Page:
Brain's motor cortex uses multiple frequency bands to coordinate movement

Figure 1: Typical slow gamma (left), fast gamma (center) and theta (right) brain-wave patterns measured during voluntary actions in rats. Credit: J. Igarashi et al.

Synchrony is critical for the proper functioning of the brain. Synchronous firing of neurons within regions of the brain and synchrony between brain waves in different regions facilitate information processing, yet researchers know very little about these neural codes. Now, new research led by Tomoki Fukai of the RIKEN Brain Science Institute reveals how one region of the brain uses multiple brain-wave frequency bands to control movement.

Control of movement requires activation of numerous muscle groups in correct sequence, a function achieved by the motor cortex. To investigate the contribution of to this process, Fukai and his colleagues inserted multi-channel electrodes into the motor cortex of rats to record brain-wave patterns as the animals learned to push, hold and then pull a lever to obtain a food reward. They also developed a machine-learning technique to extract spike sequences of individual neurons from the recorded waves.

Fukai and his colleagues found that brain waves of different frequencies appeared during distinct stages of the movements. Fast gamma waves, with frequencies of around 100 hertz, were most prominent when the rats pushed or pulled the lever, whereas slow gamma waves, with frequencies of 25–40 hertz, peaked when the rats held the lever to prepare for the next pull. Theta waves (4–10 hertz) peaked while the rats held the lever, and the initiation of the pulling movement coincided with a specific phase of these oscillations (Fig. 1).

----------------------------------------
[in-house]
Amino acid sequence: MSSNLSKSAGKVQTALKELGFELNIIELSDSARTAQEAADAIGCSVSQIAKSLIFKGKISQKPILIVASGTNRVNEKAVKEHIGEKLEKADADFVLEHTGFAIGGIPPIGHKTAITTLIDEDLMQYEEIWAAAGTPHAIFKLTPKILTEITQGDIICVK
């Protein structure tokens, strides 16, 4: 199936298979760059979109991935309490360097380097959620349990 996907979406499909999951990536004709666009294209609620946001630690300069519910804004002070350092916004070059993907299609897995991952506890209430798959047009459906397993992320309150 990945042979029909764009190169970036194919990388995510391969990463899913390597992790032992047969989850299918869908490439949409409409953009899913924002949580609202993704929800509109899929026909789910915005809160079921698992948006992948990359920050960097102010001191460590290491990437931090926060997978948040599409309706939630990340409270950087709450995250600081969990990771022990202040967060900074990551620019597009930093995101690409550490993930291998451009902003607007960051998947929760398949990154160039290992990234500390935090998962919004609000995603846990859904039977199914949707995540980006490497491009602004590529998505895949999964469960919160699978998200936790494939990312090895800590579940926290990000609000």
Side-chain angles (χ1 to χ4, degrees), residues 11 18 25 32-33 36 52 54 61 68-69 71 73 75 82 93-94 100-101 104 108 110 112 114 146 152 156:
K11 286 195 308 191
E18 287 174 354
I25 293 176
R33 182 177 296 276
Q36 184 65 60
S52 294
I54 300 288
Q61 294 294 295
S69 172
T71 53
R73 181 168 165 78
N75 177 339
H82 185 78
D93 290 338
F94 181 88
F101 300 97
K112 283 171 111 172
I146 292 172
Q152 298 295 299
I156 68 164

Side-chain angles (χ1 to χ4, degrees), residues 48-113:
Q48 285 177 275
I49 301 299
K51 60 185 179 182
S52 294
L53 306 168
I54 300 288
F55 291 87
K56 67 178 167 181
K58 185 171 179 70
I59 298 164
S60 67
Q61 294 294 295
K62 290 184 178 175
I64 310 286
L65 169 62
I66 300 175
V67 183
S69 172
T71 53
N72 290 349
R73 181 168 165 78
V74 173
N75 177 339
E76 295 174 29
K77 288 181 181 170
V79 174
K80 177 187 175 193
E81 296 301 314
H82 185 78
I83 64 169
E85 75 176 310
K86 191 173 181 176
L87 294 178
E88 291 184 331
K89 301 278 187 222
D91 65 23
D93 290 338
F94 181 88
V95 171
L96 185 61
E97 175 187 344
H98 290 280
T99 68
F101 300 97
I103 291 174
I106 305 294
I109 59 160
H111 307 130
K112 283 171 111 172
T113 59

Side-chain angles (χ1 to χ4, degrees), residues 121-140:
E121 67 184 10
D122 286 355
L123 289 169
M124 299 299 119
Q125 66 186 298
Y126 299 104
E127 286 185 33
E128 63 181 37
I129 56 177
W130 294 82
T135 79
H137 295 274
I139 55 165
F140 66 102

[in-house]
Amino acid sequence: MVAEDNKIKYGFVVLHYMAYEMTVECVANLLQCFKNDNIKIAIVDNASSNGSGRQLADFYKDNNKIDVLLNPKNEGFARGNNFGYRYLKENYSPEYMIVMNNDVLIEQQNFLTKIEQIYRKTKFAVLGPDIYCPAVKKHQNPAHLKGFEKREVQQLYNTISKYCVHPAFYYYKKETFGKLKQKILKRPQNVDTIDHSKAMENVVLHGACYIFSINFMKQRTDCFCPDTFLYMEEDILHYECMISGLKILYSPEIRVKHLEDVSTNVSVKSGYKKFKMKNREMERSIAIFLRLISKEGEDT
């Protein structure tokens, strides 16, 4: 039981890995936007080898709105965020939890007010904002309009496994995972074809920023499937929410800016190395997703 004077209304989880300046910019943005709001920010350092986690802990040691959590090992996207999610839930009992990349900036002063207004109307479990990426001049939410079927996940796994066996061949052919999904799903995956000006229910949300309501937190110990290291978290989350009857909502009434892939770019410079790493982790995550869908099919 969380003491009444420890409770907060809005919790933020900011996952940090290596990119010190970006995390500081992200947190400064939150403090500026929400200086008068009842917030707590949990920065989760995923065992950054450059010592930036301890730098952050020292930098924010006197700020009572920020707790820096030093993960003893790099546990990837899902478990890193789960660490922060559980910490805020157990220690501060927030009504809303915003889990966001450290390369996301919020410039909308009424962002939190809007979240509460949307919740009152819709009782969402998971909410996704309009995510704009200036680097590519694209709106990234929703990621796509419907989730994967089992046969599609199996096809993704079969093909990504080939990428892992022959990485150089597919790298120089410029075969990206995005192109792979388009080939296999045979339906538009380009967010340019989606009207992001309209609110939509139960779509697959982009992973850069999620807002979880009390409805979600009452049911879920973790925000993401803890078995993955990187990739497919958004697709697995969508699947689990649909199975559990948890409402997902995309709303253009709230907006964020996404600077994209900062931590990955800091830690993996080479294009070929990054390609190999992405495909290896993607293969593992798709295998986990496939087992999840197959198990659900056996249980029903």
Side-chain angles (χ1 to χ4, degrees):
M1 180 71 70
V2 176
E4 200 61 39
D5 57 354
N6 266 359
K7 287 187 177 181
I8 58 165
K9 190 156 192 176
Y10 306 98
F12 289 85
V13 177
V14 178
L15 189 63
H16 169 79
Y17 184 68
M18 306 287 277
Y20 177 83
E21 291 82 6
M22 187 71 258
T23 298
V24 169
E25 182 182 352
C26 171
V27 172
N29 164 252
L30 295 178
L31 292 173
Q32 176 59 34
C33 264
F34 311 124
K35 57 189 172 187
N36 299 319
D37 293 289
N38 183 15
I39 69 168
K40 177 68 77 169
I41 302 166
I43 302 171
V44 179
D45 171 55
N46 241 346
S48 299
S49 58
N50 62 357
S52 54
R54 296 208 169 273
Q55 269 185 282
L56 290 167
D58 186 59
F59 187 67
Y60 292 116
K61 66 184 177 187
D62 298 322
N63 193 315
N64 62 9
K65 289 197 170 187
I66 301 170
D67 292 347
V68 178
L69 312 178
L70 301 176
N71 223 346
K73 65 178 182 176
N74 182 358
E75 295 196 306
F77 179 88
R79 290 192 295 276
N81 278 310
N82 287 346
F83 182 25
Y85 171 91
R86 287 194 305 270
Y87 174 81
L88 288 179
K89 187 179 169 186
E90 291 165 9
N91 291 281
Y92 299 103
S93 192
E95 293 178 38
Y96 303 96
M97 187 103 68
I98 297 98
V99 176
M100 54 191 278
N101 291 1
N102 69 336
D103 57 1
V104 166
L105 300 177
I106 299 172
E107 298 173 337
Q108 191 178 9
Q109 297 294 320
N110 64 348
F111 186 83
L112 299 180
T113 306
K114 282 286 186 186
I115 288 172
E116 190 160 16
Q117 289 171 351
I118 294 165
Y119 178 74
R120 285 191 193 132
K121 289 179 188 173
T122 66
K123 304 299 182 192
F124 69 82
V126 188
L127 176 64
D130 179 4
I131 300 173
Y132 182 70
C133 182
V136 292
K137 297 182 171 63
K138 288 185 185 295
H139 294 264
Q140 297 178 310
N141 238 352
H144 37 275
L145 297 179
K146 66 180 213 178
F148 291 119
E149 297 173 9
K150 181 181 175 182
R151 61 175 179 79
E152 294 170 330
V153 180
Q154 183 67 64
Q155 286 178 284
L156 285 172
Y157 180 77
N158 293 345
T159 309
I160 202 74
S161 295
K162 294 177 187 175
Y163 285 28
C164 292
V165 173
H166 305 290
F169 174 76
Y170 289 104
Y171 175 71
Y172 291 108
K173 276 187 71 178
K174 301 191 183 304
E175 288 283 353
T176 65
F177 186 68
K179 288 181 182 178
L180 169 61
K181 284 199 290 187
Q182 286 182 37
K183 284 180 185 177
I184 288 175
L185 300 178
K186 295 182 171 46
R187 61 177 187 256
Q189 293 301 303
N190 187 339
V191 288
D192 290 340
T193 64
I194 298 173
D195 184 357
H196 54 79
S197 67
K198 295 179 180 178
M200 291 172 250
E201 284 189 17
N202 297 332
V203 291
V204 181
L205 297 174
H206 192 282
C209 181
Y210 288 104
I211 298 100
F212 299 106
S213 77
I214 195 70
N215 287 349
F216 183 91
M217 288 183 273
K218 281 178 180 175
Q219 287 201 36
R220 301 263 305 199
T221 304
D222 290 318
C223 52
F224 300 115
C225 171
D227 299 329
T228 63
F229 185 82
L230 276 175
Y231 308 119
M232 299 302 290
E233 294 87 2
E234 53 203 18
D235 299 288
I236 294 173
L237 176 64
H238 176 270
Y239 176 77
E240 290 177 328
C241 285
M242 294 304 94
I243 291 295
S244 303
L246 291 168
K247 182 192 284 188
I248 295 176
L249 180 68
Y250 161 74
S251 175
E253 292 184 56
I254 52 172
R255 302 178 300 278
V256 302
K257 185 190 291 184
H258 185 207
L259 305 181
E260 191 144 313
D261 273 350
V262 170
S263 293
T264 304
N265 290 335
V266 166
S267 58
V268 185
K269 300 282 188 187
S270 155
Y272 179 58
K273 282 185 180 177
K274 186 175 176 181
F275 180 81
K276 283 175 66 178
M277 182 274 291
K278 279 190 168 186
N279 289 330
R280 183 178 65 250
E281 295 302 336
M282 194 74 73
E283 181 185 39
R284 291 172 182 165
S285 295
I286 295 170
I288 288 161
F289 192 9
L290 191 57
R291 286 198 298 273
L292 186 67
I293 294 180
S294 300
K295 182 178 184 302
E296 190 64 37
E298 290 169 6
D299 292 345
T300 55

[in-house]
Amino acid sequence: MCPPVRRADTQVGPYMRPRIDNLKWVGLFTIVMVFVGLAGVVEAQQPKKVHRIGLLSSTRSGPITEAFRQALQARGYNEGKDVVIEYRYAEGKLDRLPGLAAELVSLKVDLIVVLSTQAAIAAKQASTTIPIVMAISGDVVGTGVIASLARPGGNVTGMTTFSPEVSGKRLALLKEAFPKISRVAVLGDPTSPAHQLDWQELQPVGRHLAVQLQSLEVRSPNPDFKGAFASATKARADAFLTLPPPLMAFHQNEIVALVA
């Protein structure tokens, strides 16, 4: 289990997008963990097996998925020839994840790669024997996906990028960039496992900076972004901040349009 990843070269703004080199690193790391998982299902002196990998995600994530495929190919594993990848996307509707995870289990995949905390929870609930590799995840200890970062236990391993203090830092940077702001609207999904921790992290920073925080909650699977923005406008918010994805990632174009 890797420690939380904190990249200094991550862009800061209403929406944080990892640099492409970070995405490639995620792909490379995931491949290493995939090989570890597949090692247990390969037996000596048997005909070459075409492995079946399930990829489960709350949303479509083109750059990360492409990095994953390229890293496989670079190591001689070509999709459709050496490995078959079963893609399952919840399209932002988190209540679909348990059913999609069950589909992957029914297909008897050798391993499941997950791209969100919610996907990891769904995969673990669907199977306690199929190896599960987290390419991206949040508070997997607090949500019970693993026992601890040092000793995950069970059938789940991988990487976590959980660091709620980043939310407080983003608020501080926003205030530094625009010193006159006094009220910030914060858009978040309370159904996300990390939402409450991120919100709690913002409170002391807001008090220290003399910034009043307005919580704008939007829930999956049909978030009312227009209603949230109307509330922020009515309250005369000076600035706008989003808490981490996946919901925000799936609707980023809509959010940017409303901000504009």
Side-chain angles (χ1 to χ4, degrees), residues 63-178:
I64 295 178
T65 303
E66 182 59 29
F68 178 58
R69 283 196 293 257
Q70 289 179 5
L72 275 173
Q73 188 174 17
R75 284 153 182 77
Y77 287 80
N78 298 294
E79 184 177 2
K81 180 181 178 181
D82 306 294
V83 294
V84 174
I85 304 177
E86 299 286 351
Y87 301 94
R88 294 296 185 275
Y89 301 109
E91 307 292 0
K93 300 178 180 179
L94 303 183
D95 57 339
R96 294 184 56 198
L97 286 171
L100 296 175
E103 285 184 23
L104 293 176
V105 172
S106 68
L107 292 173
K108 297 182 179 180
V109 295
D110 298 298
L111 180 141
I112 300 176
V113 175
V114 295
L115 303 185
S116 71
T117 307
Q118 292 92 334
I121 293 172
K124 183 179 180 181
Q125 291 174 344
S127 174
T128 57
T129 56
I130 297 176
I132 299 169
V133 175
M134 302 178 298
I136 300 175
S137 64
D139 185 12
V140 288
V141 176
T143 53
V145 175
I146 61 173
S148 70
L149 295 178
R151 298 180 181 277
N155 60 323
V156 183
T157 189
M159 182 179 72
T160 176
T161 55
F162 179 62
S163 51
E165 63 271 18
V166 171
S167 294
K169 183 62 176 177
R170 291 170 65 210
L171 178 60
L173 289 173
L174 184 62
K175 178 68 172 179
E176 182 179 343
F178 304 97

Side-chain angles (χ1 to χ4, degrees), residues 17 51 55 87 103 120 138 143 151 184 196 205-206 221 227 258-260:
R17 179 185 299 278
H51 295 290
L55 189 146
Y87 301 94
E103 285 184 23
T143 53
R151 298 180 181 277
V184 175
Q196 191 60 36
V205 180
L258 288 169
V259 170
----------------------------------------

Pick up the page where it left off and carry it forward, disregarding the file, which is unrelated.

Both frequencies of were coupled to the theta waves such that the peaks of all three brain-wave frequencies occurred at the same time. The activity of different types of nerve cells in different layers of the motor cortex was also synchronized with specific -wave frequencies. Importantly, cells encoding different stages of the sequential movements fired in distinct phases of the theta waves.

The results suggest that play an important role in coordinating the neuronal activity underlying the planning and execution of voluntary movement. Theta are known to be important for the processing of spatial information in the hippocampus, but this is the first time that a similar code has been observed in the motor cortex.

"We are currently using machine-learning techniques to study how phase-locked spikes in different layers of the encode motor information," says Fukai. "We are also studying whether a similar oscillatory coordination takes place in the prefrontal cortex during decision-making."

More information: Igarashi, J., Isomura, Y., Arai, K., Harukuni, R. & Fukai, T. "A θ–γ oscillation code for neuronal coordination during motor behavior." The Journal of Neuroscience 33, 18515–18530 (2013) dx.doi.org/10.1523/JNEUROSCI.2126-13.2013

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MrVibrating
not rated yet Feb 23, 2014
Great work, and i fully expect similar results will be found from prefrontal studies. More generally, i suspect that the hitherto loosely-defined bandwidths of brainwave spectra are in fact octave-bound; the current discrepancy from this median being due to the fluctuating nature of the net bandwidth, effectively a floating transposition of a four octave continuum.

I've outlined the reasons for this expectation here: http://medicalxpr...try.html ..and elsewhere wrt related articles.. suffice to say i would again expect factors of two between component freqs to represent 'zero' points in meta-information valuations.